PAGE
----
Ancient producers, in both the rural and urban areas, may have supported the call for an end to high-level corruption but were not so keen on returning to the iron rice bowl policies of Mao, particularly since such policies were associa ted with the communes and centralized economic control. As for the call for political reforms, these ancient producers were probably more indifferent than anything else. After all, under the current system they had been successful at getting a large part of what they wanted from the central and provincial governments. Ancient producers had not only acquired rights to land and other means of production and the right to first receipt of their own surplus product, but owing to reduced social demands upon the ir surplus in the form of taxes (particularly given the dismantling of the communes), they enjoyed control over a relatively large surplus product with the attendant increase in their individual social influence. Thus, the existing political system was, f rom the standpoint of many ancient producers, doing just fine.

Having seen their standard of living rise rapidly over the period of the reforms, ancient producers had found themselves in the enviable position of simultaneously controlling a larger surplus product and enjoying an increasing necessar y product. Indeed, the growth of relative wealth among many ancient producers, both rural and urban, had intensified the concern of the "liberals" that economic reform was fostering economic inequality. This concern was often expressed in comparisons of t he growth in incomes for ancient producers with the falling relative standard of living for college professors, professionals, and managers in state enterprises. Such comparisons, fuel for the Democracy Movement's call for a return to iron rice bowl redis tributionary economic policies, only pushed ancient producers more to the side of the pragmatist leadership in the government.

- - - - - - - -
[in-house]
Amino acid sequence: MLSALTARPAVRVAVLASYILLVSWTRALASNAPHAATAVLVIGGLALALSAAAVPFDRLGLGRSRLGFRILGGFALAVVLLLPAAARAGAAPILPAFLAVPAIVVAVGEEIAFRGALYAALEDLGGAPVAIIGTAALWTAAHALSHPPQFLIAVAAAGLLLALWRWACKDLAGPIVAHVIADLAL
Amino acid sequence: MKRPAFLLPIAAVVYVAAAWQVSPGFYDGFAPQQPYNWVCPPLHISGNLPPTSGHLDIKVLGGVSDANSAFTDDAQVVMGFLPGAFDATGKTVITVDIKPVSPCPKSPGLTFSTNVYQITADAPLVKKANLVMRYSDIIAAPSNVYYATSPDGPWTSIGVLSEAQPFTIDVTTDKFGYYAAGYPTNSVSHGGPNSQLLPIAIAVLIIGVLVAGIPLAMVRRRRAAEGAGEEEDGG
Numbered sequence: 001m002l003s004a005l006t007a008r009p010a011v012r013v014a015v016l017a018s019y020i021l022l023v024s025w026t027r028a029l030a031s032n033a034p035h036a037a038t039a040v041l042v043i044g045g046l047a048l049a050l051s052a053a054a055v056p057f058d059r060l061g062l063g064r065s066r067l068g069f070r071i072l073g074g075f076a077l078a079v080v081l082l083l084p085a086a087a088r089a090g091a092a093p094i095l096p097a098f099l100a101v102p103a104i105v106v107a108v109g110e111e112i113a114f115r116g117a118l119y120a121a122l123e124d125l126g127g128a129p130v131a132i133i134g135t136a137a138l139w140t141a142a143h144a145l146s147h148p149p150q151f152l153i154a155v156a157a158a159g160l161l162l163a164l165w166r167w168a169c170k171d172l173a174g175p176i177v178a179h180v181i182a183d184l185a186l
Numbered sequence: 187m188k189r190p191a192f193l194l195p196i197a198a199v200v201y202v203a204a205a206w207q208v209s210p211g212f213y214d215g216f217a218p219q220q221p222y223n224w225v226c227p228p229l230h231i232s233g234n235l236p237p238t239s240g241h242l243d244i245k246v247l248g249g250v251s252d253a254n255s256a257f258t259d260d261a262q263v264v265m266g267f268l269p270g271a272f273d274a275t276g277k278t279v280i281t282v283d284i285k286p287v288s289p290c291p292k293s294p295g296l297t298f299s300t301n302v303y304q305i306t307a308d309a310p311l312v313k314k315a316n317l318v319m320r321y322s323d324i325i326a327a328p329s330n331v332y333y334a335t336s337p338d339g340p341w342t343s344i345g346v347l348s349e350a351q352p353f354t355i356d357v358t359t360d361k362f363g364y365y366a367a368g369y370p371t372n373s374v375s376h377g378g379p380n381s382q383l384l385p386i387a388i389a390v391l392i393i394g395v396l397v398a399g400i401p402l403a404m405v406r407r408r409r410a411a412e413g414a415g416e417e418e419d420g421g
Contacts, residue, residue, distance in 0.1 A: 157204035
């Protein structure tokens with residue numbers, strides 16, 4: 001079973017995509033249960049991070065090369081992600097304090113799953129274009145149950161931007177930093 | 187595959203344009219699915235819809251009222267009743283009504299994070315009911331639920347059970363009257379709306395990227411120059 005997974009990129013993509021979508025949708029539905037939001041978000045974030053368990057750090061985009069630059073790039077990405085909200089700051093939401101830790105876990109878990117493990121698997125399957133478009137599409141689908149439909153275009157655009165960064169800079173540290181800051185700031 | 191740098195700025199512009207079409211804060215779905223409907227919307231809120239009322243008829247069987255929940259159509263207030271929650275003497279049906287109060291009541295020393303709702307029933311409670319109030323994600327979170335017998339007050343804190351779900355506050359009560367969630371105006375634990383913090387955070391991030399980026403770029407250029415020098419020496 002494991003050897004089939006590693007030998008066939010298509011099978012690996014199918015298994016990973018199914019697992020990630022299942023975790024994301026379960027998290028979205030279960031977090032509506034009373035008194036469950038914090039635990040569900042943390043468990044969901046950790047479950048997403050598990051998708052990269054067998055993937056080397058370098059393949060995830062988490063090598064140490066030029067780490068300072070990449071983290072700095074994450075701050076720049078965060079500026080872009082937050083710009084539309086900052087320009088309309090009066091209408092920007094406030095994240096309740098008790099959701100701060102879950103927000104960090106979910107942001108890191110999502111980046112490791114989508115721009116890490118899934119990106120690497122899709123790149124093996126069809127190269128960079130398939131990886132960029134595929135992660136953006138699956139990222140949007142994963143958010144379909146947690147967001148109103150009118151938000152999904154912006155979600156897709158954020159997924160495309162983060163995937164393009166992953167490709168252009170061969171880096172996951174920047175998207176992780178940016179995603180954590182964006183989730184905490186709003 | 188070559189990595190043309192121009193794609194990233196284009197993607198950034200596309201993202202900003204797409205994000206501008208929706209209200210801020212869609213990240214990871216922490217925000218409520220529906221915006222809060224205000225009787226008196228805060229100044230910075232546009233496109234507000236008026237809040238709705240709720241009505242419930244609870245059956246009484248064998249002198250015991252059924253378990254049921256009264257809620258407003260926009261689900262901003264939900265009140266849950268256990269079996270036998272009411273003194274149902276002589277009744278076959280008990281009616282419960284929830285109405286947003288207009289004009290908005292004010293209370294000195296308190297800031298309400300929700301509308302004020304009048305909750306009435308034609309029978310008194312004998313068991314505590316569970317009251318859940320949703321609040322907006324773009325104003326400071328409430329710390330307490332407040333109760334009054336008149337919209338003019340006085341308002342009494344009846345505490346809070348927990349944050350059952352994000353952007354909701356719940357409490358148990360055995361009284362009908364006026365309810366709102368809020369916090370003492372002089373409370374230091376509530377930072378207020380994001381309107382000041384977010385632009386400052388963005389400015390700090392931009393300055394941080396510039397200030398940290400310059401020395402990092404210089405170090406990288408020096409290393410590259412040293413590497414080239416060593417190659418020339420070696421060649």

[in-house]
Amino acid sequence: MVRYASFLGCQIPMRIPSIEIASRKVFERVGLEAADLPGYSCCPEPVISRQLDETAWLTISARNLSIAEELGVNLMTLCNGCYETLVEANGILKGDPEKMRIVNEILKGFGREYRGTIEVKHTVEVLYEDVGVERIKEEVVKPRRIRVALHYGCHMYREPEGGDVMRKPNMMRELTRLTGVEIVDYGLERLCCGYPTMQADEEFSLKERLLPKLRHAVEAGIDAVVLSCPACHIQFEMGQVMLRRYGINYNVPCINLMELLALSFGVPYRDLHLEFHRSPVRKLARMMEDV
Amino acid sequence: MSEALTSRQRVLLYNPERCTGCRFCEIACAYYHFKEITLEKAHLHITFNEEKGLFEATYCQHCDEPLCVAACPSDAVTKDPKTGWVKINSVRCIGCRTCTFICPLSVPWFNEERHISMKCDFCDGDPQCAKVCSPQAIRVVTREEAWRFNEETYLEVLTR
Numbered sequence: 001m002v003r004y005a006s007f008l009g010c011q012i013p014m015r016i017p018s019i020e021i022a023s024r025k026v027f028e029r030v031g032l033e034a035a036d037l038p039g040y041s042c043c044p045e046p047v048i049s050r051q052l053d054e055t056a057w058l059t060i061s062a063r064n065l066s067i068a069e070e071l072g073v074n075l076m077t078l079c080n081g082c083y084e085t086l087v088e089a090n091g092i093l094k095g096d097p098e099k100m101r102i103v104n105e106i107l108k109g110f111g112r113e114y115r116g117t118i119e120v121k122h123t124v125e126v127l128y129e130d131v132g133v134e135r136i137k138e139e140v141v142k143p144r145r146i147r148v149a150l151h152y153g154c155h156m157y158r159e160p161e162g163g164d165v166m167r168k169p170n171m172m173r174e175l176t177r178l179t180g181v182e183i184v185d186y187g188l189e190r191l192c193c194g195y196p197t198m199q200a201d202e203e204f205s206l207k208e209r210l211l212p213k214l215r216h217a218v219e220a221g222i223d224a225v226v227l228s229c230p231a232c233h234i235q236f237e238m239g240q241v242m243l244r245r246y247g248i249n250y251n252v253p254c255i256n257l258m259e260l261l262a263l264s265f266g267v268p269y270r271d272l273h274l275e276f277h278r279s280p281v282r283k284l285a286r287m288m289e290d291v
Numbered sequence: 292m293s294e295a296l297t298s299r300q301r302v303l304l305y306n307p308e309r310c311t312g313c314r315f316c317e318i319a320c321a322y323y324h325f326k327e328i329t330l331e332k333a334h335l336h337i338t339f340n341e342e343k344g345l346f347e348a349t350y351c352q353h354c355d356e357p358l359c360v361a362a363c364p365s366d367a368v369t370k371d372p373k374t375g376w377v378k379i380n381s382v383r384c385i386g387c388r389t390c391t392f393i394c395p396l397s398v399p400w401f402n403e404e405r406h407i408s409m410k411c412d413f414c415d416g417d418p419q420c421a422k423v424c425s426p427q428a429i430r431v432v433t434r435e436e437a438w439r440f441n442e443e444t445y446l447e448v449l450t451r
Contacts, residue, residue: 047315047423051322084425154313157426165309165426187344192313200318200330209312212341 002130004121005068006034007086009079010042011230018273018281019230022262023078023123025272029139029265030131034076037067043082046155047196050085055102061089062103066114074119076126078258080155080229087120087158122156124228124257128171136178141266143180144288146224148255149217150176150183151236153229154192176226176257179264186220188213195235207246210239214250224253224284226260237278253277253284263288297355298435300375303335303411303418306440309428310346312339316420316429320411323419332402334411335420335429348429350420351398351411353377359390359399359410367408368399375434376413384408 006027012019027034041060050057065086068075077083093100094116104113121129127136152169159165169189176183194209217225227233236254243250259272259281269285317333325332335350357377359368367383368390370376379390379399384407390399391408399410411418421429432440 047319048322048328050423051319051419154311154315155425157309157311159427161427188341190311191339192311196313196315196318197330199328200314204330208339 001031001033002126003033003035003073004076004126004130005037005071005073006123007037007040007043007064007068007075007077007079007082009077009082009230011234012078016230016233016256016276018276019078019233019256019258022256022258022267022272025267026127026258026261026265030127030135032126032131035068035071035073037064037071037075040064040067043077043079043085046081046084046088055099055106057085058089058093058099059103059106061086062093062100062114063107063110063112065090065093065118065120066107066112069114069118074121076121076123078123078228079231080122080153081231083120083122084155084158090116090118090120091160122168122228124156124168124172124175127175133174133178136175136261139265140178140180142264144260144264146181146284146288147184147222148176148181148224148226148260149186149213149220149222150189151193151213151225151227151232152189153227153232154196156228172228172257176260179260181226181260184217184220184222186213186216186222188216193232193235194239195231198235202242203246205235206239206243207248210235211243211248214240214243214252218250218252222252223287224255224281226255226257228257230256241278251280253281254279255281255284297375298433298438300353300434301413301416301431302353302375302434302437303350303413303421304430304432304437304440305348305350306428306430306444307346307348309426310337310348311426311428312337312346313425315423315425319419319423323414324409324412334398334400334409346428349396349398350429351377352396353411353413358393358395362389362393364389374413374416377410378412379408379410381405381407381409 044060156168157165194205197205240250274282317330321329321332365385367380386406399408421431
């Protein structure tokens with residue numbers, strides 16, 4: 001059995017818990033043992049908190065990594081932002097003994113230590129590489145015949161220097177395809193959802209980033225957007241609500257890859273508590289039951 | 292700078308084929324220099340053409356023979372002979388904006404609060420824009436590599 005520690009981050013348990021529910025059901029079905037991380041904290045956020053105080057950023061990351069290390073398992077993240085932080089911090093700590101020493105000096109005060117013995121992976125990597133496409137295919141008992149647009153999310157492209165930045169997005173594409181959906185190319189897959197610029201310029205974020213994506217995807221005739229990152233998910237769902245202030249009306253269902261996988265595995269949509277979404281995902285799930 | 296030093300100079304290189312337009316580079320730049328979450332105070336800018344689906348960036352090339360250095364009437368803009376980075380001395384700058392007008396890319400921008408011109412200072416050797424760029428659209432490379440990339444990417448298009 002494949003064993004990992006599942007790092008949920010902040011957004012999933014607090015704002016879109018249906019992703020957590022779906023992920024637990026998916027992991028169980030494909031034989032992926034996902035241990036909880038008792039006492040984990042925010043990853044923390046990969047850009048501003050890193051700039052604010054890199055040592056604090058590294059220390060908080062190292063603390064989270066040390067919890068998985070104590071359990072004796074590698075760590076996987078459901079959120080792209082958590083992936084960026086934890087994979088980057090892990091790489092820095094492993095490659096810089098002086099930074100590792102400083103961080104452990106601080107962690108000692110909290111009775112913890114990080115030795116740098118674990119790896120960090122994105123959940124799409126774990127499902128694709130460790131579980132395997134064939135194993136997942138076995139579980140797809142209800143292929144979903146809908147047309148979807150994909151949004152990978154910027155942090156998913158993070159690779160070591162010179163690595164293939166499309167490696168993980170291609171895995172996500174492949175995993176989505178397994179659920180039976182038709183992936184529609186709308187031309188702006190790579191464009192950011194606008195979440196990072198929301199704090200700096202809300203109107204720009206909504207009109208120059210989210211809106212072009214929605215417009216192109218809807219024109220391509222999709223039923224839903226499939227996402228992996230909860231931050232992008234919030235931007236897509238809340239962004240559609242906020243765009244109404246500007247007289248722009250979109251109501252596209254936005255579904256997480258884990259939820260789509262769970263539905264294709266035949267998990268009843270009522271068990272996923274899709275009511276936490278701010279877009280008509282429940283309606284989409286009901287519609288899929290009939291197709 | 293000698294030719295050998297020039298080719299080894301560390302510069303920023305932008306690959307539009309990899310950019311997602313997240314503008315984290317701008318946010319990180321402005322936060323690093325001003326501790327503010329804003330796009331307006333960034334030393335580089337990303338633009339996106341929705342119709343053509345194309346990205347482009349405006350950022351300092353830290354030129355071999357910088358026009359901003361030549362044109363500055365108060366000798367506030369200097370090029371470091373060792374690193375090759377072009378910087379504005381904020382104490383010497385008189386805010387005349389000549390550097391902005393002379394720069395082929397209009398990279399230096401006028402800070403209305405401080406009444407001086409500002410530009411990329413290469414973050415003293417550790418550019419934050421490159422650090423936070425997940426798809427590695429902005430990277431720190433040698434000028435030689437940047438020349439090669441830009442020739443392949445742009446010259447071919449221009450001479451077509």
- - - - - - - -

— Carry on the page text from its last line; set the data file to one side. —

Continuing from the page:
Thus, it should not be surprising to find that large numbers of rural residents and urban ancient producers have accepted the official government account of the political crisis, including the government's description of the students as "hooligans" engaging in counter-revolutionary agitation and propaganda. One should not, therefore, assume that reports of support for the government's policy are simply the outcome of fear and coercion, as the Western press likes to imply.

In the wake of Tiananmen, it has been implied in the Western press that the current pragmatist leadership of the Chinese government will eventually have to give way to more political reform-minded leaders. This belief is consistent with the notion that economic reforms leading to more decentralized decision-making must necessarily lead to decentralized political mechanisms, and that the Tiananmen incident will simply speed up this "natural" process of political liberalization.

Insofar as the reforms implemented after 1978 have simultaneously resulted in the growth in ancient producers and support by such ancient producers of the central government, it is not so clear that the recent political crisis and the r esultant Tiananmen massacre should necessarily result in the downfall of the current Chinese leadership. So long as the government maintains support among the ancient class, it may be able to successfully weather this political storm and continue on its c urrent ancient-led path of economic development. It may do this without reforming the political process, in the sense of decentralizing political decision-making. In other words, the decentralized economy, with self-exploitation prevailing, may be fostere d by a centralized political structure. Indeed, there may be a symbiotic relationship between the reproduction of a highly centralized bureaucracy led by the pragmatists in the Communist party and the reproduction and expansion in self-exploitation.